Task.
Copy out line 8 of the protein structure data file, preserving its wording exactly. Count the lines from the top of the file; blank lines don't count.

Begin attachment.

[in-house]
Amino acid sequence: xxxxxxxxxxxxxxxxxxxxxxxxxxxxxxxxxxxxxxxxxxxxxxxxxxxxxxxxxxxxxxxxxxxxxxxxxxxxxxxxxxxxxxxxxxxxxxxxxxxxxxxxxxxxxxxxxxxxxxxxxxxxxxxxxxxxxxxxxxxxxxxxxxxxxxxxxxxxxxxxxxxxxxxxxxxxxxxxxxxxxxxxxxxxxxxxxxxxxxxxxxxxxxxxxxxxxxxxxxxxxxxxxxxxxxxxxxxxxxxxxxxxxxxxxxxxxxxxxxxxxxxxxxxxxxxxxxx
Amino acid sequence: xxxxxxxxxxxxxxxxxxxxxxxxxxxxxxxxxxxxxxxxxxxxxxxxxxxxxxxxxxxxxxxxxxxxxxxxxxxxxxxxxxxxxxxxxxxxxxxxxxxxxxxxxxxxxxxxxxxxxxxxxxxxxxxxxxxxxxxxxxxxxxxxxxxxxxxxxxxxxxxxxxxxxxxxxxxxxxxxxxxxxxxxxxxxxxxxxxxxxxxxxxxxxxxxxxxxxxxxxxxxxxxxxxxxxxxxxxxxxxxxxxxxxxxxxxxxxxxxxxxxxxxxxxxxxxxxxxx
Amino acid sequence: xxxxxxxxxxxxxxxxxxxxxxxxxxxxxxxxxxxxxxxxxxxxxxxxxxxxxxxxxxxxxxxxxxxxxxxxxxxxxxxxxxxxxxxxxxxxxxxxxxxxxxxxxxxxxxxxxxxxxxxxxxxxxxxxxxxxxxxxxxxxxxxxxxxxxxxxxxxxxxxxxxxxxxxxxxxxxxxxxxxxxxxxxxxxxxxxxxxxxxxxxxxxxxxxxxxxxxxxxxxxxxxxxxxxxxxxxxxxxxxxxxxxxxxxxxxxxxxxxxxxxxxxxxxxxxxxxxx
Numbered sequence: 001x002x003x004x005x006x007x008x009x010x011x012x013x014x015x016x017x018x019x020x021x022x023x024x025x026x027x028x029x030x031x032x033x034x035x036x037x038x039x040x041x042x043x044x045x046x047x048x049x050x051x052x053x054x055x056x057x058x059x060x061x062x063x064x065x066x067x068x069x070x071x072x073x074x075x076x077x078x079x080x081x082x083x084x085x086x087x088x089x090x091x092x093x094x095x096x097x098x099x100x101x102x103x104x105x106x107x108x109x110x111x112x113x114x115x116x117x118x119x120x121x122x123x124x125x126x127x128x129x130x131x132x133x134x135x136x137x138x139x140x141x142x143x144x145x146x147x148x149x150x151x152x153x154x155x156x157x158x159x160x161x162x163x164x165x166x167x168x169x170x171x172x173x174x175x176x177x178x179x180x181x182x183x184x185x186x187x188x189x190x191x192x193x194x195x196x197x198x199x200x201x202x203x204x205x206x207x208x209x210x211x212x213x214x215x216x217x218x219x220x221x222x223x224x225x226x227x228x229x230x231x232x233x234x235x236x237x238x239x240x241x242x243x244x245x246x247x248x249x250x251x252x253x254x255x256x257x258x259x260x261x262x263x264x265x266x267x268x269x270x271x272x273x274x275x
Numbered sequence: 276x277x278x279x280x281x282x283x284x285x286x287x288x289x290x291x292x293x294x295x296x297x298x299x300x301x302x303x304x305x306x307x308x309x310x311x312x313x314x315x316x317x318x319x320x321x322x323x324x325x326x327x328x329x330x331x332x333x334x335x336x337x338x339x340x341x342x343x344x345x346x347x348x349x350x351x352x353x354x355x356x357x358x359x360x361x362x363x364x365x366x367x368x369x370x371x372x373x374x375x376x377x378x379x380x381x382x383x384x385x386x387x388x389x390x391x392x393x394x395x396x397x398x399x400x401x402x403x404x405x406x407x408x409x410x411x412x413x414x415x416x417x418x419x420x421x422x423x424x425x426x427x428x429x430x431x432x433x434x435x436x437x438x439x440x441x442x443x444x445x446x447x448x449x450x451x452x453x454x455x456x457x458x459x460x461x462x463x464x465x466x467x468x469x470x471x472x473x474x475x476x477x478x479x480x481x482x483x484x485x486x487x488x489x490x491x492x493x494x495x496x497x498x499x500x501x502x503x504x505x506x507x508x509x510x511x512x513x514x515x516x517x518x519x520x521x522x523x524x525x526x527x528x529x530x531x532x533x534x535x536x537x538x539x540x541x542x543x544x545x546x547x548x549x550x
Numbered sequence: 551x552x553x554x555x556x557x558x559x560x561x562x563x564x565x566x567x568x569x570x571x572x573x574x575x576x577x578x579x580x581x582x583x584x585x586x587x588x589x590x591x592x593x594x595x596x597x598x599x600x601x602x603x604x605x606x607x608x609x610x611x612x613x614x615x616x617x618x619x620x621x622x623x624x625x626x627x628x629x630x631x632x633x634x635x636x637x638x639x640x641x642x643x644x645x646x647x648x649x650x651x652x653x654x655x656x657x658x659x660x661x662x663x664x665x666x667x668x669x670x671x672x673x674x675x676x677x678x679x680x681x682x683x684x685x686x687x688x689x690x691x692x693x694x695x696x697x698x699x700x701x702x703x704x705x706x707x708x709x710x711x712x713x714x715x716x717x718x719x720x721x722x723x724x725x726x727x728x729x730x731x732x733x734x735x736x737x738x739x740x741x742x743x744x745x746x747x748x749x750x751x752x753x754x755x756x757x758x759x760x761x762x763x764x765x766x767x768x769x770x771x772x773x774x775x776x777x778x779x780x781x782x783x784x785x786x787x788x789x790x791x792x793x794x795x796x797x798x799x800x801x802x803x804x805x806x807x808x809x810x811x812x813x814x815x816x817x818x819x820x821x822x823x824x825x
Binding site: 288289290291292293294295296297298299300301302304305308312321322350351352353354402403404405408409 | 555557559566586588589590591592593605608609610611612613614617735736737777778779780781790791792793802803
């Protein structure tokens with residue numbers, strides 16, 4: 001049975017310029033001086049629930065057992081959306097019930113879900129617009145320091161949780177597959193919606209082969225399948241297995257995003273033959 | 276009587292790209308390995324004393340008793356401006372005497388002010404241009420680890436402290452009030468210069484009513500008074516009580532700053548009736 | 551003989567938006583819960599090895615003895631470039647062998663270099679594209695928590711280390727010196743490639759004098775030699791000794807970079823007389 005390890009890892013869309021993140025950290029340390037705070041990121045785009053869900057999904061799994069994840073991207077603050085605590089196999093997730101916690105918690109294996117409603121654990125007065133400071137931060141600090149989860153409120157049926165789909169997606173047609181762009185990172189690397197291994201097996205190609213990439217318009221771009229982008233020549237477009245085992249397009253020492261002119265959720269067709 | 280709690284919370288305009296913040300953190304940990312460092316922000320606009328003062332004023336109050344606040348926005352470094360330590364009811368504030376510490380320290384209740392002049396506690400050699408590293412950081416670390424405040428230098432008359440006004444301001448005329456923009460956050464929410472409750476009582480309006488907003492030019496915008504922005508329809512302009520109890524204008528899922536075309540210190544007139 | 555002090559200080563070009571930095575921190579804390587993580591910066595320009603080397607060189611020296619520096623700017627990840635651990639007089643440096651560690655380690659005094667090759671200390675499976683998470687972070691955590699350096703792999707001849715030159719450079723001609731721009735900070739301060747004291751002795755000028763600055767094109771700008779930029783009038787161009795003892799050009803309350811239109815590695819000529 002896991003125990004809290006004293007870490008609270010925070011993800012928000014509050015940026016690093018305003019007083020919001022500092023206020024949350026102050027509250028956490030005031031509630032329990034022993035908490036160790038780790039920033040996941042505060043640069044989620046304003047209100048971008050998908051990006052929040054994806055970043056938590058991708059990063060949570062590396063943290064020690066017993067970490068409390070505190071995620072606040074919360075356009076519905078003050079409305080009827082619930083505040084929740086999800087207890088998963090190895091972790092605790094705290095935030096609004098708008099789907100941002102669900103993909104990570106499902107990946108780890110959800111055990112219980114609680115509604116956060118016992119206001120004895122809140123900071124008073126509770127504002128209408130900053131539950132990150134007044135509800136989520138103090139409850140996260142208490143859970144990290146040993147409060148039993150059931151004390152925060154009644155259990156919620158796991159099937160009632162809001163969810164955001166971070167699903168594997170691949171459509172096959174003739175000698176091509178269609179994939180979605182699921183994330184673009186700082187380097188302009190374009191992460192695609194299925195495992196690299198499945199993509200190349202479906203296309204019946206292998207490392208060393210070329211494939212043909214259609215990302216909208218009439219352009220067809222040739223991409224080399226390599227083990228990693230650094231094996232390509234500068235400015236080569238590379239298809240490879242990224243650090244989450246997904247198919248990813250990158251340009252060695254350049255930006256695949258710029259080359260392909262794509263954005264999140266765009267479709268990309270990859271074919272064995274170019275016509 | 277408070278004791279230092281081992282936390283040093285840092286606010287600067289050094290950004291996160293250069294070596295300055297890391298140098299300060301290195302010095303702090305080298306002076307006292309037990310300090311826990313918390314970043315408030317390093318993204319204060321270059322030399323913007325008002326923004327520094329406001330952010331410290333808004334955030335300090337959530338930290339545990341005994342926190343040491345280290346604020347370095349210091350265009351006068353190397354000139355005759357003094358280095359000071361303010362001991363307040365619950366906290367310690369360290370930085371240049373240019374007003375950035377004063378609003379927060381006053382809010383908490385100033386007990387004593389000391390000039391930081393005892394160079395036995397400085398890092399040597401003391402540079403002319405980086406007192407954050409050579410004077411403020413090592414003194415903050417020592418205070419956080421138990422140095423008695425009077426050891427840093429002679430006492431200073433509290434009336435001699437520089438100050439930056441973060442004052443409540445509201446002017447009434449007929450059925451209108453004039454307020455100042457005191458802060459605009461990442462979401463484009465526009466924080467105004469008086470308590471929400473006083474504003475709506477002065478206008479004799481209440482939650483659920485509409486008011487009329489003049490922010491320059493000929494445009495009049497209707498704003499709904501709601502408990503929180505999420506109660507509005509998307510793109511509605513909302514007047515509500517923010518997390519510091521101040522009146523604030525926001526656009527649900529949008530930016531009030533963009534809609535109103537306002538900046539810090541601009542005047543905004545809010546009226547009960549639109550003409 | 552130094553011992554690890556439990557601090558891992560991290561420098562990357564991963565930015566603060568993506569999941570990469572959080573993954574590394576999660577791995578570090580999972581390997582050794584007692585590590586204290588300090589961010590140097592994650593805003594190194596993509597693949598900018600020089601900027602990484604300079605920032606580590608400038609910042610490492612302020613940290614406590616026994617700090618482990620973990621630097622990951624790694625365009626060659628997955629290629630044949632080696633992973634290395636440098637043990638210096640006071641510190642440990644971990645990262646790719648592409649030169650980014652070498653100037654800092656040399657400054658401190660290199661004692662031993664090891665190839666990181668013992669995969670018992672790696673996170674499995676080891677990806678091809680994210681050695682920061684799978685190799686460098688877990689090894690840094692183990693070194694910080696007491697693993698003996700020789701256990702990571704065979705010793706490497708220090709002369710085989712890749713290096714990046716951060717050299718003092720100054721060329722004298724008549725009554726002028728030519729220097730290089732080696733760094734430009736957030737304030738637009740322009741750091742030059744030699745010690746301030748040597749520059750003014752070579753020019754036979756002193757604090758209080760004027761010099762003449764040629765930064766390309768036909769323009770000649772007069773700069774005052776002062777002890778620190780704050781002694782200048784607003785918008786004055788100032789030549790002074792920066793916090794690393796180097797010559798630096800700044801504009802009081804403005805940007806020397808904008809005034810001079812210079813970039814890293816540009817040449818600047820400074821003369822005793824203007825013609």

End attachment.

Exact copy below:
Binding site: 288289290291292293294295296297298299300301302304305308312321322350351352353354402403404405408409 | 555557559566586588589590591592593605608609610611612613614617735736737777778779780781790791792793802803